Toshiba Camileo X-Sports Review
The Toshiba Camileo X-Sports weighs just 94g, so you’ll barely notice it when it’s mounted on your helmet. Toshiba provides lots of accessories with the camera, including a waterproof case, remote control, a clip mount, ﬂat and curved adhesive mounts and surfboard, bike and tripod mounts. These work with or without the waterproof case.
The rectangular design is simple and the camera looks tiny when it’s taken out of its tough case, which is waterproof up to a depth of 60m. As the camera itself isn’t waterproof, you’ll want to make sure it’s kept in the case when in use. The X-Sports’ buttons are hard to operate when it’s in the case, requiring a ﬁrm and forceful press for something to happen. There’s a remote control, or you can control the camera with the Toshiba WiFi Connect app for iOS or Android. This provides a live feed from the camera, but expect some lag during the feed.
You can also use the app to change the resolution and control the 10x digital zoom, such a large sensor combined with a maximum ISO 6400 means the camera performs well when taking still photos in low light, though there is visible noise. The lens has a wide aperture of f/2.8, and an electronic image stabilizer helps reduce shakiness. You can capture burst images at up to 30fps, but you’ll have to reduce the photo resolution to ﬁve megapixels to do so. At the full 12-megapixel resolution the maximum burst rate is 10fps. A simultaneous video and photo setting lets you record video footage while capturing still images at speciﬁc intervals. The 2in LCD display has a low resolution of 320 x 240 pixels and poor brightness levels even on its highest setting, but it’s useful to have to make sure your video is framed properly and to change the camera’s settings.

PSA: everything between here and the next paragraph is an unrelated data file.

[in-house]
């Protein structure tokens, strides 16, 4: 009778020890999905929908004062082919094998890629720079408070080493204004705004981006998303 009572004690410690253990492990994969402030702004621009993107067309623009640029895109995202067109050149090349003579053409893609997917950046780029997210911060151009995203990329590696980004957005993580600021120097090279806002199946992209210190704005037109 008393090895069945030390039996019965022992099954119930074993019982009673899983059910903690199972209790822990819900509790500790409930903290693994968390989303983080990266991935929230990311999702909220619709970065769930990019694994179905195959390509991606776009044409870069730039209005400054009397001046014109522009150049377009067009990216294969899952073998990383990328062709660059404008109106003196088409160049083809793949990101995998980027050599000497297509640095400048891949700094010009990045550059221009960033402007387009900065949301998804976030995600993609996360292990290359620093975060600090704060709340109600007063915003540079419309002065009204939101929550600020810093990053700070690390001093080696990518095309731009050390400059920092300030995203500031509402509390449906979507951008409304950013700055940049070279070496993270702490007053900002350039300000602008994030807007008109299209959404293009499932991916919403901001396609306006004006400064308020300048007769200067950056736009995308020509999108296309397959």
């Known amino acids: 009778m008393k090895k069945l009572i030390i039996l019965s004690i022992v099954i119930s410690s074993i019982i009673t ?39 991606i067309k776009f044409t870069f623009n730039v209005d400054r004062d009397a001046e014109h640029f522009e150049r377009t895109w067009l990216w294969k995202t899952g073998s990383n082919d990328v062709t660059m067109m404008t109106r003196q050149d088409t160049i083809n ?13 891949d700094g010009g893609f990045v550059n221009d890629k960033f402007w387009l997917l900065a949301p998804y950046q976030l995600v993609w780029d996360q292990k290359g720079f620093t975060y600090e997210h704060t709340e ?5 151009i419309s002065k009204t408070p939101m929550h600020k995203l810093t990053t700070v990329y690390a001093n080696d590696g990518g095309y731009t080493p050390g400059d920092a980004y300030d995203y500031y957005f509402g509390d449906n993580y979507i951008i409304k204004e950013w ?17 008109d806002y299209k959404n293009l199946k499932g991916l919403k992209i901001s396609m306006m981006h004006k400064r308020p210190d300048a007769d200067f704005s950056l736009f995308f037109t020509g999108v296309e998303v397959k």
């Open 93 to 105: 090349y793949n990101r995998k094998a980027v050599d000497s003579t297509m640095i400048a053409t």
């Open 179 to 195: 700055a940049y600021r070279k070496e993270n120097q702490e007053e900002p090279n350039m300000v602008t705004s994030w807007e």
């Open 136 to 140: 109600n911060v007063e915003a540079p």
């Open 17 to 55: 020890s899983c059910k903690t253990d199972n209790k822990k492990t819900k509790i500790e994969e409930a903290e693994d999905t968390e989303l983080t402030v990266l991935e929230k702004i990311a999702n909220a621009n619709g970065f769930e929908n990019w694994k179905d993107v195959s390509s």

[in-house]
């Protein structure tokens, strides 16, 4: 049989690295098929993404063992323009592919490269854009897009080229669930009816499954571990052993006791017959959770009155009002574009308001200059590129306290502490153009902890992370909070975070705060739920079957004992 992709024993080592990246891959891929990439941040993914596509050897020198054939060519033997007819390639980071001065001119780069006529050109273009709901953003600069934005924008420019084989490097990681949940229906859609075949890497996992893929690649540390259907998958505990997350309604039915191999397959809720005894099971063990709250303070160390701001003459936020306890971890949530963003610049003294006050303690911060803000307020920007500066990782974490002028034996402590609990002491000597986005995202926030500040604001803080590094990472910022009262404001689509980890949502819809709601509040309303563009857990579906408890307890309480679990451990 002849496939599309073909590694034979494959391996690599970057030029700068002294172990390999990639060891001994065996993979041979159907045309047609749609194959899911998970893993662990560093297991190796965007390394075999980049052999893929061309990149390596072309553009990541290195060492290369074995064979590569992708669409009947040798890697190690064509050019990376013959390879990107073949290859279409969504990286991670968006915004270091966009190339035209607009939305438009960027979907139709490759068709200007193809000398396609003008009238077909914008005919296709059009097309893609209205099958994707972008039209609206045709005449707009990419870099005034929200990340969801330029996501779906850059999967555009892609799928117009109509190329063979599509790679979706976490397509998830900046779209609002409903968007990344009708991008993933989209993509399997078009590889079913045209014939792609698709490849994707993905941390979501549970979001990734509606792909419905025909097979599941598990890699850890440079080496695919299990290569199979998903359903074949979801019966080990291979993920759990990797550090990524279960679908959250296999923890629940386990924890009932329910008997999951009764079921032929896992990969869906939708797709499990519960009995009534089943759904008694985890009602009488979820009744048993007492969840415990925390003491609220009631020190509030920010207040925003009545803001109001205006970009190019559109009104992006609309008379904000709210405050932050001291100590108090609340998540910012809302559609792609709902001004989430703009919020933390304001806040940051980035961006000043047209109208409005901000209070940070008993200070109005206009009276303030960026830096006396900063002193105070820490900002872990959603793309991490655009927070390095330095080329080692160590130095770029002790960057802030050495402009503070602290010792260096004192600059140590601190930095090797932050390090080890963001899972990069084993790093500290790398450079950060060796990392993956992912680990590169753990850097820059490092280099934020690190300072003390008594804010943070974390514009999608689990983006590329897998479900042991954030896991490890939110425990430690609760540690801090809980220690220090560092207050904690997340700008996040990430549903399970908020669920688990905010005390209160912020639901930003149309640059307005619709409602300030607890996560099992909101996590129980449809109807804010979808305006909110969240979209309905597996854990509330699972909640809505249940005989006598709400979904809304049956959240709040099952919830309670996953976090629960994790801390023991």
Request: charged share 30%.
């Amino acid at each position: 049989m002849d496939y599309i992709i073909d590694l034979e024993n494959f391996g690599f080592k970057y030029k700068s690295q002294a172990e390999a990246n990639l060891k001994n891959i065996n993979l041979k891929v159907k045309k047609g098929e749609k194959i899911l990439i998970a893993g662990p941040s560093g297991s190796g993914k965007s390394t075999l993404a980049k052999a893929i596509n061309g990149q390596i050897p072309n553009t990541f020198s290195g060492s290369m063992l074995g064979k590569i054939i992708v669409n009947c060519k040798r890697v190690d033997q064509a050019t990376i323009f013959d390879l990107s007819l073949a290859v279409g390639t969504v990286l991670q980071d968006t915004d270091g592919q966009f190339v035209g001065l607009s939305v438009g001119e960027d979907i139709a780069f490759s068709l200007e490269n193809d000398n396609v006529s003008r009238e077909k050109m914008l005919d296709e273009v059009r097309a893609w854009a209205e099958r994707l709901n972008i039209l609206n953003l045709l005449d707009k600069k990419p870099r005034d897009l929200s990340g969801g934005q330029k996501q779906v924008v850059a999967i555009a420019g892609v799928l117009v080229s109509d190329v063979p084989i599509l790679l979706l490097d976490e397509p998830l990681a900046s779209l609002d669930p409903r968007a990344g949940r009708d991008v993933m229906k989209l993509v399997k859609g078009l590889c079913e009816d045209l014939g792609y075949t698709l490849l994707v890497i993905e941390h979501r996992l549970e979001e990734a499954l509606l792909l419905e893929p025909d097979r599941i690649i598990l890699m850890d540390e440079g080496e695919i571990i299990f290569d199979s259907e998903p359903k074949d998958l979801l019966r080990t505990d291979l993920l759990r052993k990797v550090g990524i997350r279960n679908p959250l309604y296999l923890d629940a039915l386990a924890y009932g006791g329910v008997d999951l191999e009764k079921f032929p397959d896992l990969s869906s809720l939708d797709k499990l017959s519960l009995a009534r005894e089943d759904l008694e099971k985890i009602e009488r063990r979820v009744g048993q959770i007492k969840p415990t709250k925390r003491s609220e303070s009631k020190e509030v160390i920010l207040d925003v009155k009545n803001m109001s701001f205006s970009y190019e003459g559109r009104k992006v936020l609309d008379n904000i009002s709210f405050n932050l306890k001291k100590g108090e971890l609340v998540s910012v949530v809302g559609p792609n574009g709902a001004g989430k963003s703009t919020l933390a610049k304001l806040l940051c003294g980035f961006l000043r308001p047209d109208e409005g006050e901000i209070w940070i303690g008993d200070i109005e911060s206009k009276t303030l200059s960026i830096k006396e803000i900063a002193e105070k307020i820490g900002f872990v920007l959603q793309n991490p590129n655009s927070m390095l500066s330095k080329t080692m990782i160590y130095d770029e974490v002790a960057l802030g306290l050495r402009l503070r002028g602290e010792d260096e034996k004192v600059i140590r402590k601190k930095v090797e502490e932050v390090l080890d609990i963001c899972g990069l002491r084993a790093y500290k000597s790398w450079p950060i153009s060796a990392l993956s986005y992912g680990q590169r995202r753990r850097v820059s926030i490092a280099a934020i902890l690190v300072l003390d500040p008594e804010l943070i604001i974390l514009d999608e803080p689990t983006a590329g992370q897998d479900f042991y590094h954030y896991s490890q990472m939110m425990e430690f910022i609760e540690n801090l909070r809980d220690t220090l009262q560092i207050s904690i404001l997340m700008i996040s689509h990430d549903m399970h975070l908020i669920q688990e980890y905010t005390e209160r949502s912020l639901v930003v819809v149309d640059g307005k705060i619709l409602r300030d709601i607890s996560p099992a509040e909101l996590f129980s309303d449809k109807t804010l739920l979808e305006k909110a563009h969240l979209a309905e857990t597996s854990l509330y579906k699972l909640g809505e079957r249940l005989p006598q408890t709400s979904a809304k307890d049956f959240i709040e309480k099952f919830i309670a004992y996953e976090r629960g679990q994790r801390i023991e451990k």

The X-Sports’ menu provides you with the usual array of video options, and you can choose to shoot Full HD video at up to 60fps. If you reduce the resolution to 720p you can even shoot at 120fps, which is useful for creating slow- motion videos. Video recording battery life is adequate; in our battery test, the X-Sports lasted one hour, 32 minutes while recording video at 1080p and 30fps, which matches Toshiba’s claimed battery life. We tested the X-Sports with our HPI Racing Bullet MT test radio-controlled car and it performed better than expected. Grass had lots of detail and clouds and sky weren’t overexposed. The image stabilization did a good job of keeping wobble under control and the solid mount also helped avoid shearing.
The Toshiba Camileo X-Sports is a good value, thanks to its generous supplied mounts and accessories. Its image quality is just as good as that of the Garmin Virb Elite, which costs slightly more, so Toshiba’s camera is our recommended model if you don’t want to stretch to the Drift Innovation Ghost-S.
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